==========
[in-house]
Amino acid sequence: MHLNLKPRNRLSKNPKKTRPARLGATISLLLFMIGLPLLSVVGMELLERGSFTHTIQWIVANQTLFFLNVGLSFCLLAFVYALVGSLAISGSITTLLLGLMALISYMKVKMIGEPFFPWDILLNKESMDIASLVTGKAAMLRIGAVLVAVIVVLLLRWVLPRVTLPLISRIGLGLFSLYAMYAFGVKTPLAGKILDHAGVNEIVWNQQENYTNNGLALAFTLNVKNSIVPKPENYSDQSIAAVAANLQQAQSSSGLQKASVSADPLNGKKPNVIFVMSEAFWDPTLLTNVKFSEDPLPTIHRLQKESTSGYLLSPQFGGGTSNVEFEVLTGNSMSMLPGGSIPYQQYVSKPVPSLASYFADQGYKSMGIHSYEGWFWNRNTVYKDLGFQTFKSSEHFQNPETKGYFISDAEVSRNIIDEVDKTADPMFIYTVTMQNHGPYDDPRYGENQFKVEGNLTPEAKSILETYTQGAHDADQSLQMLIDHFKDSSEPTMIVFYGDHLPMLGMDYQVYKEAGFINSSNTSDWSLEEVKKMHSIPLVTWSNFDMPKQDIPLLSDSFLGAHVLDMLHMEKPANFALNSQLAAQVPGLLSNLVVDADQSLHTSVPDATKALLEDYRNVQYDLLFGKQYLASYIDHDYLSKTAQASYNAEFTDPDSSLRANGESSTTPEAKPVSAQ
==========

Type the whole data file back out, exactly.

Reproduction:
[in-house]
Amino acid sequence: MHLNLKPRNRLSKNPKKTRPARLGATISLLLFMIGLPLLSVVGMELLERGSFTHTIQWIVANQTLFFLNVGLSFCLLAFVYALVGSLAISGSITTLLLGLMALISYMKVKMIGEPFFPWDILLNKESMDIASLVTGKAAMLRIGAVLVAVIVVLLLRWVLPRVTLPLISRIGLGLFSLYAMYAFGVKTPLAGKILDHAGVNEIVWNQQENYTNNGLALAFTLNVKNSIVPKPENYSDQSIAAVAANLQQAQSSSGLQKASVSADPLNGKKPNVIFVMSEAFWDPTLLTNVKFSEDPLPTIHRLQKESTSGYLLSPQFGGGTSNVEFEVLTGNSMSMLPGGSIPYQQYVSKPVPSLASYFADQGYKSMGIHSYEGWFWNRNTVYKDLGFQTFKSSEHFQNPETKGYFISDAEVSRNIIDEVDKTADPMFIYTVTMQNHGPYDDPRYGENQFKVEGNLTPEAKSILETYTQGAHDADQSLQMLIDHFKDSSEPTMIVFYGDHLPMLGMDYQVYKEAGFINSSNTSDWSLEEVKKMHSIPLVTWSNFDMPKQDIPLLSDSFLGAHVLDMLHMEKPANFALNSQLAAQVPGLLSNLVVDADQSLHTSVPDATKALLEDYRNVQYDLLFGKQYLASYIDHDYLSKTAQASYNAEFTDPDSSLRANGESSTTPEAKPVSAQ